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How to Master Law Firm Bookkeeping

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For most people, the word bookkeeping comes with flashbacks of torrid experiences trying to balance both sides of the table in math class. For a law firm, the concept of bookkeeping is not quite the same. Furthermore, law firm bookkeeping is vital to the survival of the business.

With law firm bookkeeping, attorneys can keep a close eye on how the business is doing. After all, as much as a law firm helps people uphold the law, it is still a business that involves large sums of money going in and out. With the information from law firm bookkeeping, lawyers can make informed decisions that take the firm forward.

Attorneys and law firm employees need to know that bookkeeping can quickly get complex. It’s just like doing the laundry. If it gets done every day, it’s just a simple task. However, when dirty clothes pile up for a month, doing the laundry can quickly get tiresome and stressful. It’s the same with law firm bookkeeping.

To enjoy the benefits that come with bookkeeping, a law firm needs to do it every day. That’s the only way to keep a close eye on the necessary expenses and transactions that need tracking.

Over the course of this article, we will go into the specifics of what lawyers need to pay attention to when it comes to bookkeeping. And finally, we’ll explore how to save time on law firm bookkeeping.

What is Law Firm Bookkeeping?

What is law firm bookkeeping

Most lawyers tend to mistake bookkeeping for accounting. Although they are closely related, they are not the same. In a nutshell, law firm bookkeeping has to do with tracking cash flow in and out of the firm. Typically, it should involve the following daily tasks:

  • Creating and sending out invoices
  • Payroll management for the staff
  • Posting debits
  • Record credit transactions

Why Does a Law Firm Need Bookkeeping?

With attorney salaries on the rise, it’s more important than ever for sola and small firms to pay attention to law firm bookkeeping to make sure that every dollar if income and expenses are accurately tracked. Here’s why:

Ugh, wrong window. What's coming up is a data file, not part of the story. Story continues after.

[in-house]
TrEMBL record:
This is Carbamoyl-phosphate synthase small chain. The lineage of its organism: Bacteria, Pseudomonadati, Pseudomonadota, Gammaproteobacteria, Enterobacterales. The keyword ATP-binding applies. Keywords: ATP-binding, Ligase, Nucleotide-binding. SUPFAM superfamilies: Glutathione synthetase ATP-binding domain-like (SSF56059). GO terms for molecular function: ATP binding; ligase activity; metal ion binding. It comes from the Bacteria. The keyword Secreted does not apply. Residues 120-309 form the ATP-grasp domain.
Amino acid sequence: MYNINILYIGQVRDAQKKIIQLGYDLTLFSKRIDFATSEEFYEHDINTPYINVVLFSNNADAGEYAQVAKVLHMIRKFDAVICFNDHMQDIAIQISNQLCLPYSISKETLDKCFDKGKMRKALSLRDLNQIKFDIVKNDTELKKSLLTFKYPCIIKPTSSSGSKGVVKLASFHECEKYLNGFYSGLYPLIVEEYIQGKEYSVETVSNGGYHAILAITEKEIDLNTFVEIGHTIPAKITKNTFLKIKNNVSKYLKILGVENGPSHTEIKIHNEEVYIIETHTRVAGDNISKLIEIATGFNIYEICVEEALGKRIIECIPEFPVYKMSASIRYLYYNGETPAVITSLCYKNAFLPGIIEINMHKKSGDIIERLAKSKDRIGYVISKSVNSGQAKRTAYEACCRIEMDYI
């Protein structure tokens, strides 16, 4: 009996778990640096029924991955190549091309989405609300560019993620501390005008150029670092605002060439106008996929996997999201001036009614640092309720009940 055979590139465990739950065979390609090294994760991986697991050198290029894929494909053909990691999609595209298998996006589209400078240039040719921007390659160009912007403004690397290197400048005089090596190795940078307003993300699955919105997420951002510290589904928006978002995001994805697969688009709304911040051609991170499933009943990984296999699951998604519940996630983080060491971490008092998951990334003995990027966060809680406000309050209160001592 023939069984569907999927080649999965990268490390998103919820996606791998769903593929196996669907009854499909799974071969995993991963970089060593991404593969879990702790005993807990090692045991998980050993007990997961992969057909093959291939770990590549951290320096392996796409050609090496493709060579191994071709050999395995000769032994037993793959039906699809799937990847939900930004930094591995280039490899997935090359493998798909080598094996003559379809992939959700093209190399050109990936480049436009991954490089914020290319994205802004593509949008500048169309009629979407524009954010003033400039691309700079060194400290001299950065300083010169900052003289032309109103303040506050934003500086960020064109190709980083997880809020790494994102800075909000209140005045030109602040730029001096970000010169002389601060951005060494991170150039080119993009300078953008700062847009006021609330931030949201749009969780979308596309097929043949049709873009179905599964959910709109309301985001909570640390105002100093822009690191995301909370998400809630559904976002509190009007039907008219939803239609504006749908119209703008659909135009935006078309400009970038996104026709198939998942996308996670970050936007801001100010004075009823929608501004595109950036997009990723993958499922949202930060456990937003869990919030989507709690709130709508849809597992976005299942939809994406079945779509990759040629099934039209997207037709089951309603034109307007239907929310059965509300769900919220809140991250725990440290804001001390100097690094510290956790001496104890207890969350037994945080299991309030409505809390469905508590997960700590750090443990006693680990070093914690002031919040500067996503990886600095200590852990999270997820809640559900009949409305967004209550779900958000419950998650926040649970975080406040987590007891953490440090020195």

Helps the business track expenses

Every dollar that ends up a part of business expenses is a dollar law firms do not need to pay tax on. As a result, keeping track of these expenses can be a money saver during tax time.

With law firm bookkeeping, law firms have a record of every business-related expenditure. Furthermore, there’s no rule about how to keep receipts and track expenses. Attorneys can keep a drawer full of receipts or use advanced software. The point is, there must be a record of all business-related expenses.

Posting to Ledgers

Ledgers are very important for the accounting process. Without an accurate record of transactions in the ledger, it may be impossible to balance the books at the end of the quarter or the year:

Law firm bookkeeping involves entering the right numbers in the ledger. Once income comes in, it goes in the ledger. The same thing applies to expenses too.

Financial reports

Like we mentioned earlier, at its core, a law firm is a business. Hence, there are different financial reports that have to be created. Basically, the job of a financial report is to gauge how well the business is doing. This can only be done by using transactions recorded during the bookkeeping process.

How To Save Time on Law Firm Bookkeeping

The daily process of entering numbers and tracking income can be expensive. For a law firm, this is valuable time that could be spent developing client relationships and actually practicing the law.

Hence, many law firms choose to outsource their bookkeeping needs. The advantages of this include:

  • Saves time so lawyers can focus on working for their clients
  • Makes sure all employees get paid on time
  • Ensures compliance with all account and income regulation services
  • Law firms get correct financial reports to help with paying tax
  • Track essential business metrics including realization, utilization, average fees, etc.

Bad law firm bookkeeping can quickly spiral into a plethora of legal and tax issues. It may mean law firms have to spend valuable time dealing with the Department of Labor or even the IRS. Seemingly small mistakes can quickly snowball into huge financial penalties.

However, when law firms outsource, they can rest in the knowledge their records are kept accurately. And more importantly, the financial records follow all laws and financial codes.

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